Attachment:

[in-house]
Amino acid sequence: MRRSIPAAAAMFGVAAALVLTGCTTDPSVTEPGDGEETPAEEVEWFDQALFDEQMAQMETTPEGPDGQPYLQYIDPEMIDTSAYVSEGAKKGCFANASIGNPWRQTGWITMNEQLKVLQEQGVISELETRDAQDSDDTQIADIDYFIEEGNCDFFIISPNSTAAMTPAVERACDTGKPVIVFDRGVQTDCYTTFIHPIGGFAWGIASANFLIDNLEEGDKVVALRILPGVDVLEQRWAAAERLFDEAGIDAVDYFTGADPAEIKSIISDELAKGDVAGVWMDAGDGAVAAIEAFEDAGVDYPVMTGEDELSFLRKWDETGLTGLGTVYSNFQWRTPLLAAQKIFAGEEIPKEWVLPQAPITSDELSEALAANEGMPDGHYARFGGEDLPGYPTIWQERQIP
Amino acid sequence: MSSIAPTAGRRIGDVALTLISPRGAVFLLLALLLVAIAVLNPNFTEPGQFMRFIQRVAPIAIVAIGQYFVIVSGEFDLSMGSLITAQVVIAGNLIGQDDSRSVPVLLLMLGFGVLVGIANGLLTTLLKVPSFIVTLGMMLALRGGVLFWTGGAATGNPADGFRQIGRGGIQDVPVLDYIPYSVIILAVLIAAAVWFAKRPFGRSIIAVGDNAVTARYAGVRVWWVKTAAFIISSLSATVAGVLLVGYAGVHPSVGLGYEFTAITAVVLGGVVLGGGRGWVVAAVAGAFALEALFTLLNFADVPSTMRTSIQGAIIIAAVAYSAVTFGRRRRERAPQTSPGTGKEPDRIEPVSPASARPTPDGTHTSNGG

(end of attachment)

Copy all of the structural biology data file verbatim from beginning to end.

[in-house]
Amino acid sequence: MRRSIPAAAAMFGVAAALVLTGCTTDPSVTEPGDGEETPAEEVEWFDQALFDEQMAQMETTPEGPDGQPYLQYIDPEMIDTSAYVSEGAKKGCFANASIGNPWRQTGWITMNEQLKVLQEQGVISELETRDAQDSDDTQIADIDYFIEEGNCDFFIISPNSTAAMTPAVERACDTGKPVIVFDRGVQTDCYTTFIHPIGGFAWGIASANFLIDNLEEGDKVVALRILPGVDVLEQRWAAAERLFDEAGIDAVDYFTGADPAEIKSIISDELAKGDVAGVWMDAGDGAVAAIEAFEDAGVDYPVMTGEDELSFLRKWDETGLTGLGTVYSNFQWRTPLLAAQKIFAGEEIPKEWVLPQAPITSDELSEALAANEGMPDGHYARFGGEDLPGYPTIWQERQIP
Amino acid sequence: MSSIAPTAGRRIGDVALTLISPRGAVFLLLALLLVAIAVLNPNFTEPGQFMRFIQRVAPIAIVAIGQYFVIVSGEFDLSMGSLITAQVVIAGNLIGQDDSRSVPVLLLMLGFGVLVGIANGLLTTLLKVPSFIVTLGMMLALRGGVLFWTGGAATGNPADGFRQIGRGGIQDVPVLDYIPYSVIILAVLIAAAVWFAKRPFGRSIIAVGDNAVTARYAGVRVWWVKTAAFIISSLSATVAGVLLVGYAGVHPSVGLGYEFTAITAVVLGGVVLGGGRGWVVAAVAGAFALEALFTLLNFADVPSTMRTSIQGAIIIAAVAYSAVTFGRRRRERAPQTSPGTGKEPDRIEPVSPASARPTPDGTHTSNGG